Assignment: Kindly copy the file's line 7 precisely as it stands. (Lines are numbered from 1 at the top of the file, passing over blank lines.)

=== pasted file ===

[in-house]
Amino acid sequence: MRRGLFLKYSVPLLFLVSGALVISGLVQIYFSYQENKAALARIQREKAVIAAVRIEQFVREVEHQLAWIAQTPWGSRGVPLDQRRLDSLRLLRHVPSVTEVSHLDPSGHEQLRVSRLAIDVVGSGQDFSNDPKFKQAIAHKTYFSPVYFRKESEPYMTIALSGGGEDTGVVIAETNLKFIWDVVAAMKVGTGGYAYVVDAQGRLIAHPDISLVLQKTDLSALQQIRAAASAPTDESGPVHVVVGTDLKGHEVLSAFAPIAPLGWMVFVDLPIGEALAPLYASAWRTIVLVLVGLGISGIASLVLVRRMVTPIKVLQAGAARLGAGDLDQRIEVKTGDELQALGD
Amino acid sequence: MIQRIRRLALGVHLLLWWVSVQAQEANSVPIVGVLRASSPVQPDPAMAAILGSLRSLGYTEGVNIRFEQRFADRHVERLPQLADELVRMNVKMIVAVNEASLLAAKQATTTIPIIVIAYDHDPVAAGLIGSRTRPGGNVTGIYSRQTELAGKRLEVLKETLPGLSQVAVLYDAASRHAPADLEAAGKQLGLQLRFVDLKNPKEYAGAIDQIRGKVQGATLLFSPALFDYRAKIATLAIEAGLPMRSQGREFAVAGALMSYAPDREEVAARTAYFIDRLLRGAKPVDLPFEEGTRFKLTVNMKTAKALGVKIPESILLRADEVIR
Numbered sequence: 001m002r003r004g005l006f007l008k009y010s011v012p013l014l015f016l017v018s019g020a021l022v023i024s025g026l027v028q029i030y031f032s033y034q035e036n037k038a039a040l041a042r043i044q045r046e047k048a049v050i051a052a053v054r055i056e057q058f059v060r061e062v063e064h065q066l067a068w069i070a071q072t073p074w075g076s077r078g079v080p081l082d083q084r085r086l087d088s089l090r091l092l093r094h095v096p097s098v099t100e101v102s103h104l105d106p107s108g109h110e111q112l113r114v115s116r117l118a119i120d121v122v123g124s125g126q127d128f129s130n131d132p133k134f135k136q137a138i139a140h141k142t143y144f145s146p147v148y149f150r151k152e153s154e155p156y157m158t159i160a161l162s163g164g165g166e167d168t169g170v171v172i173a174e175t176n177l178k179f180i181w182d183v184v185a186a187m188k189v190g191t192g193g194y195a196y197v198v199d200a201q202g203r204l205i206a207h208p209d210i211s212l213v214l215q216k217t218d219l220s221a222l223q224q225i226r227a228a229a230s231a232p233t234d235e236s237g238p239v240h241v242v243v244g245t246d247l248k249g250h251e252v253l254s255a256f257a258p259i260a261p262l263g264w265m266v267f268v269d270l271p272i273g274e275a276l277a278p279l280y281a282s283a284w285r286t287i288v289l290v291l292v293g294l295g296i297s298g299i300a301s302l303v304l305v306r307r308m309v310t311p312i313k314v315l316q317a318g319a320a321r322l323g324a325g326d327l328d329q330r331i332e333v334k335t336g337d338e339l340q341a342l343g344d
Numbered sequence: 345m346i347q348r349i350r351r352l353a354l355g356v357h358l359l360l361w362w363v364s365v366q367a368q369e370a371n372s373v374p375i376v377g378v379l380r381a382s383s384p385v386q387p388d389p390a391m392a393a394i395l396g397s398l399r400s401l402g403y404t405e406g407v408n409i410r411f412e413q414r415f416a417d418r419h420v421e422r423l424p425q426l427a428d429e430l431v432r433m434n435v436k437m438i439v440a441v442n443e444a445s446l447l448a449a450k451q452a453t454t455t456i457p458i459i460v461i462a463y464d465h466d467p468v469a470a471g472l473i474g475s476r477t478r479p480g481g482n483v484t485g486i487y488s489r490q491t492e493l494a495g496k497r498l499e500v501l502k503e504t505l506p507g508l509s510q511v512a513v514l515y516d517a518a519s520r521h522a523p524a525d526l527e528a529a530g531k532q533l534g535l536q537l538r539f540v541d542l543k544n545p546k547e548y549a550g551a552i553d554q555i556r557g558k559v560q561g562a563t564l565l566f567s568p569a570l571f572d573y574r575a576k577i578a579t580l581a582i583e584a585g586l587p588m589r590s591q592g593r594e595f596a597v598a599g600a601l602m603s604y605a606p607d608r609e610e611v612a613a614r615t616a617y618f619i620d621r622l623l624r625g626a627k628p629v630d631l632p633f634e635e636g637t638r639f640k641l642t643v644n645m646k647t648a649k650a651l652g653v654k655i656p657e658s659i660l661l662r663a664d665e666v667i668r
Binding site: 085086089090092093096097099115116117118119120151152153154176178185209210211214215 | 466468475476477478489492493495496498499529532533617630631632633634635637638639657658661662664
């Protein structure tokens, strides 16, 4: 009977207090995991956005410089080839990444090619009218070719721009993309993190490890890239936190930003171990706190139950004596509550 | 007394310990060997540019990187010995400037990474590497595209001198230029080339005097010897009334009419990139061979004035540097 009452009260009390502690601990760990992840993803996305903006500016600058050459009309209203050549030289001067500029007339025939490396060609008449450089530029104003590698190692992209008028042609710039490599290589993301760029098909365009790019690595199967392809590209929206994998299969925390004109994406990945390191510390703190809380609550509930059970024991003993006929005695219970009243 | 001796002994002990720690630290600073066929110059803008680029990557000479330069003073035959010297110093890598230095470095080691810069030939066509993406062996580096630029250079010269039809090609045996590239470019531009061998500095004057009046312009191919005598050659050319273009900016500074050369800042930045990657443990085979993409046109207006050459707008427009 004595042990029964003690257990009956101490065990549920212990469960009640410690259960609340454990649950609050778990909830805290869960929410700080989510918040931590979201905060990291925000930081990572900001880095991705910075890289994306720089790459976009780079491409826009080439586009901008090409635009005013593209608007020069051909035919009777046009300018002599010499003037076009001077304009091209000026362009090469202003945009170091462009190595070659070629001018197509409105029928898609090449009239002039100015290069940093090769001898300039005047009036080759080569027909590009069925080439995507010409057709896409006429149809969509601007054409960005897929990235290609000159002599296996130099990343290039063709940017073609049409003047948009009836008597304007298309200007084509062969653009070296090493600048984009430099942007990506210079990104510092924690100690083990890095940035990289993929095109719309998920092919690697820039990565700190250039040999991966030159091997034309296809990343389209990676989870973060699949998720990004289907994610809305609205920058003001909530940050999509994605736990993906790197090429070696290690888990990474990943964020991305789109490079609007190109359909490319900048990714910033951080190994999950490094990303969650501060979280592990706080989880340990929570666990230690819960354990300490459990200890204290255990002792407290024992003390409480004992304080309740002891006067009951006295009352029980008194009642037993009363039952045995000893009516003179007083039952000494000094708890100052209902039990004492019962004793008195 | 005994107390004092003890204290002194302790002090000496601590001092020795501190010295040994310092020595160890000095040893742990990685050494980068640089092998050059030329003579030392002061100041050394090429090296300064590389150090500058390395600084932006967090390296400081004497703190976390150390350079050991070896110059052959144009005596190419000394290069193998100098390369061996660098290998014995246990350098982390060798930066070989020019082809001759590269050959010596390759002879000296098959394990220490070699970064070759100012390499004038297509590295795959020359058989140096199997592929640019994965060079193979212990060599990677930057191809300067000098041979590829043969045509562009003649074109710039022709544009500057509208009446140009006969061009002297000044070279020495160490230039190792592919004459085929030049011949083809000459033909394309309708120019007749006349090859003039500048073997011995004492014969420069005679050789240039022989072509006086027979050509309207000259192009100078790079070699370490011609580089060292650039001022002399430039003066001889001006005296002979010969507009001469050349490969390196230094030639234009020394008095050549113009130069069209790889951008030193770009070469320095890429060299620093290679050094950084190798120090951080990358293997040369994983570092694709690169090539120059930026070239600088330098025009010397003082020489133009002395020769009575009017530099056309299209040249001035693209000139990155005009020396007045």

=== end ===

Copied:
């Protein structure tokens, strides 16, 4: 009977207090995991956005410089080839990444090619009218070719721009993309993190490890890239936190930003171990706190139950004596509550 | 007394310990060997540019990187010995400037990474590497595209001198230029080339005097010897009334009419990139061979004035540097 009452009260009390502690601990760990992840993803996305903006500016600058050459009309209203050549030289001067500029007339025939490396060609008449450089530029104003590698190692992209008028042609710039490599290589993301760029098909365009790019690595199967392809590209929206994998299969925390004109994406990945390191510390703190809380609550509930059970024991003993006929005695219970009243 | 001796002994002990720690630290600073066929110059803008680029990557000479330069003073035959010297110093890598230095470095080691810069030939066509993406062996580096630029250079010269039809090609045996590239470019531009061998500095004057009046312009191919005598050659050319273009900016500074050369800042930045990657443990085979993409046109207006050459707008427009 004595042990029964003690257990009956101490065990549920212990469960009640410690259960609340454990649950609050778990909830805290869960929410700080989510918040931590979201905060990291925000930081990572900001880095991705910075890289994306720089790459976009780079491409826009080439586009901008090409635009005013593209608007020069051909035919009777046009300018002599010499003037076009001077304009091209000026362009090469202003945009170091462009190595070659070629001018197509409105029928898609090449009239002039100015290069940093090769001898300039005047009036080759080569027909590009069925080439995507010409057709896409006429149809969509601007054409960005897929990235290609000159002599296996130099990343290039063709940017073609049409003047948009009836008597304007298309200007084509062969653009070296090493600048984009430099942007990506210079990104510092924690100690083990890095940035990289993929095109719309998920092919690697820039990565700190250039040999991966030159091997034309296809990343389209990676989870973060699949998720990004289907994610809305609205920058003001909530940050999509994605736990993906790197090429070696290690888990990474990943964020991305789109490079609007190109359909490319900048990714910033951080190994999950490094990303969650501060979280592990706080989880340990929570666990230690819960354990300490459990200890204290255990002792407290024992003390409480004992304080309740002891006067009951006295009352029980008194009642037993009363039952045995000893009516003179007083039952000494000094708890100052209902039990004492019962004793008195 | 005994107390004092003890204290002194302790002090000496601590001092020795501190010295040994310092020595160890000095040893742990990685050494980068640089092998050059030329003579030392002061100041050394090429090296300064590389150090500058390395600084932006967090390296400081004497703190976390150390350079050991070896110059052959144009005596190419000394290069193998100098390369061996660098290998014995246990350098982390060798930066070989020019082809001759590269050959010596390759002879000296098959394990220490070699970064070759100012390499004038297509590295795959020359058989140096199997592929640019994965060079193979212990060599990677930057191809300067000098041979590829043969045509562009003649074109710039022709544009500057509208009446140009006969061009002297000044070279020495160490230039190792592919004459085929030049011949083809000459033909394309309708120019007749006349090859003039500048073997011995004492014969420069005679050789240039022989072509006086027979050509309207000259192009100078790079070699370490011609580089060292650039001022002399430039003066001889001006005296002979010969507009001469050349490969390196230094030639234009020394008095050549113009130069069209790889951008030193770009070469320095890429060299620093290679050094950084190798120090951080990358293997040369994983570092694709690169090539120059930026070239600088330098025009010397003082020489133009002395020769009575009017530099056309299209040249001035693209000139990155005009020396007045």